Xeren Narcy Xeren Narcy - 3 months ago 17
C++ Question

control of base constructor in derived classes, potential double-initialization

Regarding this question and the answer to it there does seem to be an exception, but it raised more questions for me than answering them. Consider this:

#include <iostream>
using namespace std;
struct base {
virtual void test() {cout << "base::test" << endl;}
base() {test();}
virtual ~base() {}
};
struct derived : base {
virtual void test() {cout << "derived::test" << endl;}
derived() : base() {}
~derived() {}
};
int main() {
derived d;
return 0;
}


I naively thought this would only print either of the two messages. It actually prints both - first the base version then derived. This behaves the same on
-O0
and
-O3
settings, so it's not an optimization or lack thereof as far as I can tell.

Am I to understand that calling
base
(or higher / earlier classes' constructors) within a
derived
constructor, will not prevent the default
base
constructor (or otherwise) from being called beforehand?

That is to say, the sequence in the above snippet when constructing a
derived
object is:
base()
then
derived()
and within that
base()
again?

I know it doesn't make sense to modify the vtable just for the purposes of calling
base::base()
, back to what it was before
derived::derived()
was called, just for the sake of calling a different constructor. I can only guess that vtable-related things are hard-coded into the constructor-chain and calling previous constructors is literally interpreted as a proper method call (up to the most-derived object having been constructed in the chain so far)?

These minor questions aside, it raises two important ones:

1. Is calling a base constructor within a derived constructor always going to incur calling the default base constructor prior to the derived constructor being called in the first place? Is this not inefficient?

2. Is there a use-case where the default base constructor, per #1, shouldn't be used in lieu of the base constructor explicitly called in a derived classes' constructor? How can this be achieved in C++?

I know #2 sounds silly, after all you'd have no guarantee the state of the base class part of a derived class was 'ready' / 'constructed' if you could defer calling the base constructor until an arbitrary function call in the derived constructor. So for instance this:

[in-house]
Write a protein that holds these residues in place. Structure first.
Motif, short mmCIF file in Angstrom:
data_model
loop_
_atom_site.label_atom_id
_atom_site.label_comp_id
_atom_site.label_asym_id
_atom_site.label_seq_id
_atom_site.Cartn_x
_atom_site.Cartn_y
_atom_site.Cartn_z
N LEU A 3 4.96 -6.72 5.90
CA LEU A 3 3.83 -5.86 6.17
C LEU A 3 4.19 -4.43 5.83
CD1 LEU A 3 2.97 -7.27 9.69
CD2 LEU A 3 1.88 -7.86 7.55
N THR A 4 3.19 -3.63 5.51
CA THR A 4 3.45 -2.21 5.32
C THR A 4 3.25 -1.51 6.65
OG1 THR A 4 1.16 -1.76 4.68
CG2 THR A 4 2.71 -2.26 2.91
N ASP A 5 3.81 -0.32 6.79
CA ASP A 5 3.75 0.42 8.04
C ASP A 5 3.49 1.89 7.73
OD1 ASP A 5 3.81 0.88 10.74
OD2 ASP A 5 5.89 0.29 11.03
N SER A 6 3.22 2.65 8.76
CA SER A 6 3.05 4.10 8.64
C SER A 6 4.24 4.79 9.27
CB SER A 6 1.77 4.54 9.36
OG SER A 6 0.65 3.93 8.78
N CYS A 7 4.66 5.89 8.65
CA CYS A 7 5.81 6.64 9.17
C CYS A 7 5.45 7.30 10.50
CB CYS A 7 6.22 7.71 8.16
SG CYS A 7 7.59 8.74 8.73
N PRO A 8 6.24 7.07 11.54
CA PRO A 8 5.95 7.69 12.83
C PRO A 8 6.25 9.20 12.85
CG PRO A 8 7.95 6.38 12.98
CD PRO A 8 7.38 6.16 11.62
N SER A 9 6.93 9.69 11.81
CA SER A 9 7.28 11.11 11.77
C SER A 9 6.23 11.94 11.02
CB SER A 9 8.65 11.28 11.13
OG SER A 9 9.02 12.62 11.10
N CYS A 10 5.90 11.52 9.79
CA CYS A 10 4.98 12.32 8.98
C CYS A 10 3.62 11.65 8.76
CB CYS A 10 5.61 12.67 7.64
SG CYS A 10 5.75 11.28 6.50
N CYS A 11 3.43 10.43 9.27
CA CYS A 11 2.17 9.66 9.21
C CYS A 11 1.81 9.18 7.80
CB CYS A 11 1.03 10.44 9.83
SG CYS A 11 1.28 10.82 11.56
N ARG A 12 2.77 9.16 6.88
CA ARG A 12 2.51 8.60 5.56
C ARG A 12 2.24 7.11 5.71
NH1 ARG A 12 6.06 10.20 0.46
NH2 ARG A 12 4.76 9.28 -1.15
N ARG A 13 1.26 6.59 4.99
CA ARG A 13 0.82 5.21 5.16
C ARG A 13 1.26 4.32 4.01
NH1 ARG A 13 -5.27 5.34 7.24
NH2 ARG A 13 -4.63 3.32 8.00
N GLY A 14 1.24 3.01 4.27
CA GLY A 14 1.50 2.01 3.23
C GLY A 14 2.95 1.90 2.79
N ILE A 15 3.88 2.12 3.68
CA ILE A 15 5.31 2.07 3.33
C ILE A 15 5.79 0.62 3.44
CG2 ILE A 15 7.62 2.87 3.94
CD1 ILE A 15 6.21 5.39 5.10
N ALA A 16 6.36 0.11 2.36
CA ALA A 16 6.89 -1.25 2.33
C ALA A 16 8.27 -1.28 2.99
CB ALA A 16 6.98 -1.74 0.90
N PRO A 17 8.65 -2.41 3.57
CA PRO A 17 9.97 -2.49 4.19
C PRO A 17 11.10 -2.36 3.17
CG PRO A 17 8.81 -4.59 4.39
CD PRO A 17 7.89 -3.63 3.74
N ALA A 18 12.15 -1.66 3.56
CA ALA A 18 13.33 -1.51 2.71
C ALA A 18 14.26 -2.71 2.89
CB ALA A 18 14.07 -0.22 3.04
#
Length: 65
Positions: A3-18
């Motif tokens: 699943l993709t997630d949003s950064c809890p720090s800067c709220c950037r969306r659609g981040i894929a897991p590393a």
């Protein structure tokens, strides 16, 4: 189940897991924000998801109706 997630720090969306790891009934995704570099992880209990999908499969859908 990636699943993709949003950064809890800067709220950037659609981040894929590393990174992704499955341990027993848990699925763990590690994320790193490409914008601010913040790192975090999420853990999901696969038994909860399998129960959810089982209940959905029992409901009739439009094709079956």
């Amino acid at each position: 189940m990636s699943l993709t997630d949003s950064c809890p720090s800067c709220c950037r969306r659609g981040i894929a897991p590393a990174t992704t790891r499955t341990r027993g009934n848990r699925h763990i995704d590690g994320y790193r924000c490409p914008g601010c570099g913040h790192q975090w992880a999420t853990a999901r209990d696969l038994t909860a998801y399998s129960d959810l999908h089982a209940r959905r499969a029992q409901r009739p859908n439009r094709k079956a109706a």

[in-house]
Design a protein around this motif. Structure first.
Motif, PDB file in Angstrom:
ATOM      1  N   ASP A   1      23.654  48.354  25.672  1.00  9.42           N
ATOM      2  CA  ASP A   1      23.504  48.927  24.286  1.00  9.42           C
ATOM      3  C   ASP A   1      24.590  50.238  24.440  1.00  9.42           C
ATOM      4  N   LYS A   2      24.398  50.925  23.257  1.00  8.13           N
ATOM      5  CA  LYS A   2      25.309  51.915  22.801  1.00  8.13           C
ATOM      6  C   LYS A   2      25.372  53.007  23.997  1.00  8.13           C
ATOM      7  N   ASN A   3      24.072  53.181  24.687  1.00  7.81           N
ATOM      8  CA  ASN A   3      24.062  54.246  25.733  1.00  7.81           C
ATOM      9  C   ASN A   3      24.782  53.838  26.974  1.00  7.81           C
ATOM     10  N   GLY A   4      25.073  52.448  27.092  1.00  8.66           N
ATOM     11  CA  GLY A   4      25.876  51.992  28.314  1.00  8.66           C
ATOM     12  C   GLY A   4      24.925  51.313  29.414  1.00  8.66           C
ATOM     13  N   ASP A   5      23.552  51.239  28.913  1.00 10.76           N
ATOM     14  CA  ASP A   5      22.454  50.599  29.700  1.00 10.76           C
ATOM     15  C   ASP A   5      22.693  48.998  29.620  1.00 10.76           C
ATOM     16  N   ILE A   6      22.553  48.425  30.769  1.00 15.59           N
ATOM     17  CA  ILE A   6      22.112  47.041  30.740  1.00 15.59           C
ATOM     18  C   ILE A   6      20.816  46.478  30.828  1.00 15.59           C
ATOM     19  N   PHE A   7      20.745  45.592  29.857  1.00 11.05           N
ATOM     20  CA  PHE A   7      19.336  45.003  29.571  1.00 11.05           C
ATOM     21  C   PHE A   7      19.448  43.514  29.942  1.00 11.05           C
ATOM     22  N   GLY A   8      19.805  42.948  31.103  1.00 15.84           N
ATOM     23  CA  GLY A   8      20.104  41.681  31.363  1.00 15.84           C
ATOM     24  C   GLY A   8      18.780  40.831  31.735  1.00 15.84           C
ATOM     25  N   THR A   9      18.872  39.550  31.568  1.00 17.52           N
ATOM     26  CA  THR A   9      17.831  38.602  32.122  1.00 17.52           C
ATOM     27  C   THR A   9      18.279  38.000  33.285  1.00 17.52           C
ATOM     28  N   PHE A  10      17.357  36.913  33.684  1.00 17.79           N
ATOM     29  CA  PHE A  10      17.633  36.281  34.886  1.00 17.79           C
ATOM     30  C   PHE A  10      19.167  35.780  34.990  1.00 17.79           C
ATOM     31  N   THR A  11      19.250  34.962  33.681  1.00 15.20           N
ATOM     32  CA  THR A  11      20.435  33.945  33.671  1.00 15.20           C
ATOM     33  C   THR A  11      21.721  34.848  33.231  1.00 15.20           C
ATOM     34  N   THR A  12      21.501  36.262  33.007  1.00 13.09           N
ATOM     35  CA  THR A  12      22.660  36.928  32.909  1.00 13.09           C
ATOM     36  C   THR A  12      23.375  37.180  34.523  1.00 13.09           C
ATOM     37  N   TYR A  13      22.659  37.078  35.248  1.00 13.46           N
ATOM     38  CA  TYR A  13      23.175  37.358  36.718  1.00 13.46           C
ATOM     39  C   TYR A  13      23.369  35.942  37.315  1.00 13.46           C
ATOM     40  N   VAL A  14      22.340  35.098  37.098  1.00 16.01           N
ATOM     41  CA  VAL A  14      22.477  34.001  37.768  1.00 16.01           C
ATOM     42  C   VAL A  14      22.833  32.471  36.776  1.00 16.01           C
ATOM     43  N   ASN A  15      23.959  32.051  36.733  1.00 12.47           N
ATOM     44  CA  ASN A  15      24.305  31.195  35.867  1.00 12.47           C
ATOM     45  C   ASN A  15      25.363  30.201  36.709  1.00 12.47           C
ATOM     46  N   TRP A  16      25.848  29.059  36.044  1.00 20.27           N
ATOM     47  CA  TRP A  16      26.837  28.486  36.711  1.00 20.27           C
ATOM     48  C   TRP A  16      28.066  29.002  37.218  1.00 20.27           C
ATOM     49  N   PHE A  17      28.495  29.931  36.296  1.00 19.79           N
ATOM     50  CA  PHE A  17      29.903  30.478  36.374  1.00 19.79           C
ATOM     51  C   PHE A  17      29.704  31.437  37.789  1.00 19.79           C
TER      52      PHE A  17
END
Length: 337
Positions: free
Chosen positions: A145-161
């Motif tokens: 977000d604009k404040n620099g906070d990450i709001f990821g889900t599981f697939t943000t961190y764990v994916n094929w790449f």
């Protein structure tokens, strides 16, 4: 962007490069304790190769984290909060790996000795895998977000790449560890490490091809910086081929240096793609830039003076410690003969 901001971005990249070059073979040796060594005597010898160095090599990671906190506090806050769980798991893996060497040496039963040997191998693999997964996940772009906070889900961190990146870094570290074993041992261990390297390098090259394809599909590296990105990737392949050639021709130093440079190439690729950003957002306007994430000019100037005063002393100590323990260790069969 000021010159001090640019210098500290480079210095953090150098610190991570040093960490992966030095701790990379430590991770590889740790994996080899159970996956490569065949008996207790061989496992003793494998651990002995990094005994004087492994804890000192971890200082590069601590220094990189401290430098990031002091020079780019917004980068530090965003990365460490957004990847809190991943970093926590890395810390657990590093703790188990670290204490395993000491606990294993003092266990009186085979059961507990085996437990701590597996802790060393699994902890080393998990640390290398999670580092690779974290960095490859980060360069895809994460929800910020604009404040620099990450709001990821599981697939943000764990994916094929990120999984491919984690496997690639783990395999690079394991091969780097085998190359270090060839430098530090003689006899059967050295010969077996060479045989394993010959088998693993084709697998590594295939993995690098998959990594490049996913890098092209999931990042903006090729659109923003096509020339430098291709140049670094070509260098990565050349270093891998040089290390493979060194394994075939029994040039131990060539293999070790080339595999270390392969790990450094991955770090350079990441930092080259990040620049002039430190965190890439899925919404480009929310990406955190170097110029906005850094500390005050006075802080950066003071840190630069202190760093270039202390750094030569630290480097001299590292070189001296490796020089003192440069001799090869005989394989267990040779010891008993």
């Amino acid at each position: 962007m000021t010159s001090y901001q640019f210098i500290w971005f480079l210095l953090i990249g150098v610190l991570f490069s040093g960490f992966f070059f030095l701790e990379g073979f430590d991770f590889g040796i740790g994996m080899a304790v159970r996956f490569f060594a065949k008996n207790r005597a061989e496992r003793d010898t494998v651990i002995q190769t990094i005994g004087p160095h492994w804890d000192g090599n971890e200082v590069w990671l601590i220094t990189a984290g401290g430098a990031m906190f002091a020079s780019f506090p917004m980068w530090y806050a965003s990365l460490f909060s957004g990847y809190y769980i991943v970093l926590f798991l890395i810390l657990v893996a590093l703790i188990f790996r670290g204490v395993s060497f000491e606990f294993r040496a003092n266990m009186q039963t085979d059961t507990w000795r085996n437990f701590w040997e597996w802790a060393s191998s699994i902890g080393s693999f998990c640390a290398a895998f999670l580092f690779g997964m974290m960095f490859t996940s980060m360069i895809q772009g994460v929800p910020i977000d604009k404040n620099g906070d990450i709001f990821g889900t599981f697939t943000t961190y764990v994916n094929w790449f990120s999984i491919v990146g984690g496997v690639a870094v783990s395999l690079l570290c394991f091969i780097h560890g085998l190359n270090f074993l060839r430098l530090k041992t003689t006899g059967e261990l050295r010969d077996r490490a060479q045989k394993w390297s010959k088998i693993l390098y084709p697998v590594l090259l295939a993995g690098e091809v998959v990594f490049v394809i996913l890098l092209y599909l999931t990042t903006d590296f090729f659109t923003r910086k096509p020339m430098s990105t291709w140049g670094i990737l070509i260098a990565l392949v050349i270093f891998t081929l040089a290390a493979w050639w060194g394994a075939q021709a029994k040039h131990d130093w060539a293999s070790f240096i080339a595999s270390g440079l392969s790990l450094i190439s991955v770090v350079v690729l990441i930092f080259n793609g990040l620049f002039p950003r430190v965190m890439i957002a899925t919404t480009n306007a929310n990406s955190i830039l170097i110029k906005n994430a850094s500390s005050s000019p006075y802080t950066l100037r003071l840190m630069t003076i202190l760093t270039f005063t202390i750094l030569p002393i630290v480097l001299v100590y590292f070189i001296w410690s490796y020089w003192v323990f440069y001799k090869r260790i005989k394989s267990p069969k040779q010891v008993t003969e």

derived::derived() { base::base(); }


... I would expect to behave the same way and call the base constructor twice. However is there a reason that the compiler seems to treat it as the same case as this?

derived::derived() : base() { }


I'm not sure. But these seem to be equivalent statements as far as observed effects go. It runs counter to the idea I had in mind that the base constructor could be forwarded (in a sense at least) or perhaps a better choice of word would be selected within a derived class using
:base()
syntax. Indeed, that notation requires base classes to be put before members distinct to the derived class...

In other words this answer and it's example (forget for a moment its C#) would call the base constructor twice? Although I understand why it would be doing that, I don't understand why it doesn't behave more "intuitively" and select the base constructor (at least for simple cases) and call it only once.

Isn't that a risk of double-initializing the object? Or is that part-and-parcel of assuming the object is uninitialized when writing constructor code? worst case do I now have to assume that every class member could potentially be initialized twice and guard against that?

I'll end with a horrible example - but would this not leak memory? should it be expected to leak?

#include <iostream>
using namespace std;
struct base2 {
int * member;
base2() : member(new int) {}
base2(int*m) : member(m) {}
~base2() {if (member) delete member;}
};
struct derived2 : base2 {
derived2() : base2(new int) {
// is `member` leaking?
// should it be with this syntax?
}
};
int main() {
derived2 d;
return 0;
}

Answer

but would this not leak memory? should it be expected to leak?

no. The sequence of operations will be:

derived2::derived2()
  auto p = new int
  base2::base2(p)
   base2::member = p

And for the destructor:

derived2::~derived2() (implied)
 base2::~base2()
  if (base2::member) { delete base2::member; }

One new, one delete. Perfect.

Don't forget to write correct assignment/copy constructors.